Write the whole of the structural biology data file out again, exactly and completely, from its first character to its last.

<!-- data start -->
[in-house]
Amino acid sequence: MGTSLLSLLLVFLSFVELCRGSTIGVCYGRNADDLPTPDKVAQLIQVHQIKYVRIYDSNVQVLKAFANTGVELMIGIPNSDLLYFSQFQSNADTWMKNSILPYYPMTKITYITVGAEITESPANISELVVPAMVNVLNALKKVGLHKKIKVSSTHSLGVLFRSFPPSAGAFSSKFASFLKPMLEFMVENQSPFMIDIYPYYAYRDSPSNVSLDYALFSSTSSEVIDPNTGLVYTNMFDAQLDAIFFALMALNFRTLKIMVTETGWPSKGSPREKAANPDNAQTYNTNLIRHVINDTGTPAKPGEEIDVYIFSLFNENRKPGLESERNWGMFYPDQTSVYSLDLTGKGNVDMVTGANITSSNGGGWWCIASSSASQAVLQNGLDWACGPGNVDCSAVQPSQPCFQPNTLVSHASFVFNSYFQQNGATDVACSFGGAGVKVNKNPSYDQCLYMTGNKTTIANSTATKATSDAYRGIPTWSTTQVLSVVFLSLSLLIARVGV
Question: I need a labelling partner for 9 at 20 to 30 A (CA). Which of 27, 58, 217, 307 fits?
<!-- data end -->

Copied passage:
[in-house]
Amino acid sequence: MGTSLLSLLLVFLSFVELCRGSTIGVCYGRNADDLPTPDKVAQLIQVHQIKYVRIYDSNVQVLKAFANTGVELMIGIPNSDLLYFSQFQSNADTWMKNSILPYYPMTKITYITVGAEITESPANISELVVPAMVNVLNALKKVGLHKKIKVSSTHSLGVLFRSFPPSAGAFSSKFASFLKPMLEFMVENQSPFMIDIYPYYAYRDSPSNVSLDYALFSSTSSEVIDPNTGLVYTNMFDAQLDAIFFALMALNFRTLKIMVTETGWPSKGSPREKAANPDNAQTYNTNLIRHVINDTGTPAKPGEEIDVYIFSLFNENRKPGLESERNWGMFYPDQTSVYSLDLTGKGNVDMVTGANITSSNGGGWWCIASSSASQAVLQNGLDWACGPGNVDCSAVQPSQPCFQPNTLVSHASFVFNSYFQQNGATDVACSFGGAGVKVNKNPSYDQCLYMTGNKTTIANSTATKATSDAYRGIPTWSTTQVLSVVFLSLSLLIARVGV
Question: I need a labelling partner for 9 at 20 to 30 A (CA). Which of 27, 58, 217, 307 fits?